I don’t think I could define this exercise or the next without typing out the entire chapter that preceded them. Let me just recommend Method and Madness: The Making of a Story by Alice LaPlante again, and move on with today’s exercise. ((Also, yes, I did skip posting a few up here, partly because I wrote them in my notebook on the train, and I didn’t want or have time to type them up so I didn’t.))
What you need to know is self-explanatory. For anyone willing to critique this, I’m too close to it – so if you could just point to the points that are too vague or don’t elicit any kind of feeling for you as the reader at all, that would be great.
Things My Father Taught Me:
1) How not to cry in front of anyone else – ever – because even though he’d hold you on your worst night when the world had fallen apart and you didn’t think you could hold yourself together without aid, he would bring it up later to use against you just when you had started to feel stronger – just in time to break apart the scabs that were developing and send you back down the hole again.
2) How to stand alone, be that rock that everyone expects you to be, and not call anyone – at all – until it’s gotten so awkward that you’re not even sure you can call them now, or what you would say if you did. How it’s okay to say, “You’ve been busy,” and leave it at that even though no one else understands being the kind of busy that you can’t or don’t have time to call anyone or even write them letters. How to be that kind of busy.
3) That only lazy people can’t sleep at night. Only people who don’t work hard enough find it difficult to lose consciousness when the hour gets late enough; only people who don’t want to work hard find it difficult to wake up in the morning. Unless they’ve got a bug…which doesn’t happen all that often.
4) Shame is for the weak, and for those who aren’t on the side of good and right. That it’s okay to think that people are ashamed of you, but it’s not okay to care that they do – or might be. (I was never ashamed of his weight, never embarrassed for him to drop me off at school in the morning. I always wanted him to come to my skating competitions and shows, and if I was ever ashamed about anything it was that I couldn’t perform better on the days he did come.) How to ignore something inside of yourself for so long that you could blame it on others when the time when you were forced to acknowledge its existence came.
5) How to tell everyone to fuck off when what they were doing or saying wasn’t helping your situation at all, but how to eat yourself up inside anyway – as though you’d absorbed all those words already.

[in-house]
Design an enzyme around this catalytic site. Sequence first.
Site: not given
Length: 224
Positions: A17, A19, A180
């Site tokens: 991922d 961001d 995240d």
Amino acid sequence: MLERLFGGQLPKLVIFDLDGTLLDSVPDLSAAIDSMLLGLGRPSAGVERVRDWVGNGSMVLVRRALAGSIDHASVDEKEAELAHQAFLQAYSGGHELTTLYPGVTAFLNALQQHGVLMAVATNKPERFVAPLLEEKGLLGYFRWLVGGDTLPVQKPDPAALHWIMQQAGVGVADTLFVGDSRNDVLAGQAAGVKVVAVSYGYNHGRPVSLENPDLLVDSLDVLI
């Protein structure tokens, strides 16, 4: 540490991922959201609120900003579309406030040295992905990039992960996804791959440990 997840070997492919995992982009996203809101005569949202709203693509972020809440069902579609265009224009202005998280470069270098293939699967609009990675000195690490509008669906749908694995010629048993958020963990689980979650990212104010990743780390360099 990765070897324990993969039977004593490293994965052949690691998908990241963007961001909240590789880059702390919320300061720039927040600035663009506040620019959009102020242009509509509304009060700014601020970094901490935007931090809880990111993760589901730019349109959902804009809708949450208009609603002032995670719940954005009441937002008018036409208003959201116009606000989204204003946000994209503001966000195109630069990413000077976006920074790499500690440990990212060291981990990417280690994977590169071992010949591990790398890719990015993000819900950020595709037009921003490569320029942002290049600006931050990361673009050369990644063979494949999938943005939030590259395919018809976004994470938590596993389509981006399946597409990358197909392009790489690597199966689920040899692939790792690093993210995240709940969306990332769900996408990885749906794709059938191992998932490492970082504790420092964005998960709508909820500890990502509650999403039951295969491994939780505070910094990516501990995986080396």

6) How to be the kind of strong that you can take anything – anything at all – from outside opponents, not let it change your path, and never care or even think about them once they’ve gone. How to do what he said, and not what he had done or did do. How to hold pain inside so long that it only surfaces with too much alcohol, and you have to support him in any way you can because you didn’t know how much he beat himself up inside over things that were never his fault.
Things My Father Didn’t Teach Me:
1) How to cope with the nameless, voiceless monsters in your head when they start making indefinable, wordless noise at night. What to do on the mornings the sun doesn’t force them back into your subconscious.
2) How to know when it’s okay to accept help, or what to do when your ex breaks your lease, leaving you with an apartment you could barely afford when it was split between two people. How to run crying into the arms of new friends because you have no one else to turn to, and she took your closest remaining friend to the pound while you were at work one day but not before shutting off the internet and phone that you had paid for until the end of the month – when there were still 28 days left in said month. How to cope with the fact that you’ve allowed her to separate you from all of your closest friends and family members because you had to be ‘strong’ for her and because – that’s just who and how you were. How to recognize that this was a patter with all of your exes, and what to do about that.
3) What form that ‘I’ve been busy’ might take when occasionally you can’t call people because the idea of picking up the phone for anyone – anyone – made you want to throw yourself at a wall repeatedly until you couldn’t physically do anything – let alone answer or pick up a phone.
4) What it was like to feel trapped inside of your own mind, unable to move your body or do anything at all except breathe. How one can torture one’s self within one’s own mind more effectively than any outsider ever could. The kinds of things you can tell yourself in the shower when there’s no one else to see you curl in on yourself and collapse to the floor, and there’s no barriers left between your body and that horribly cold wall that you have to press into for support against all of the things you attack yourself with.
5) How to find a job when you’ve lost the only one you could find a few months ago, and the creditors start calling…
6) How to handle all of that being alone he taught you how to do.
Thank you for reading, and have a lovely day.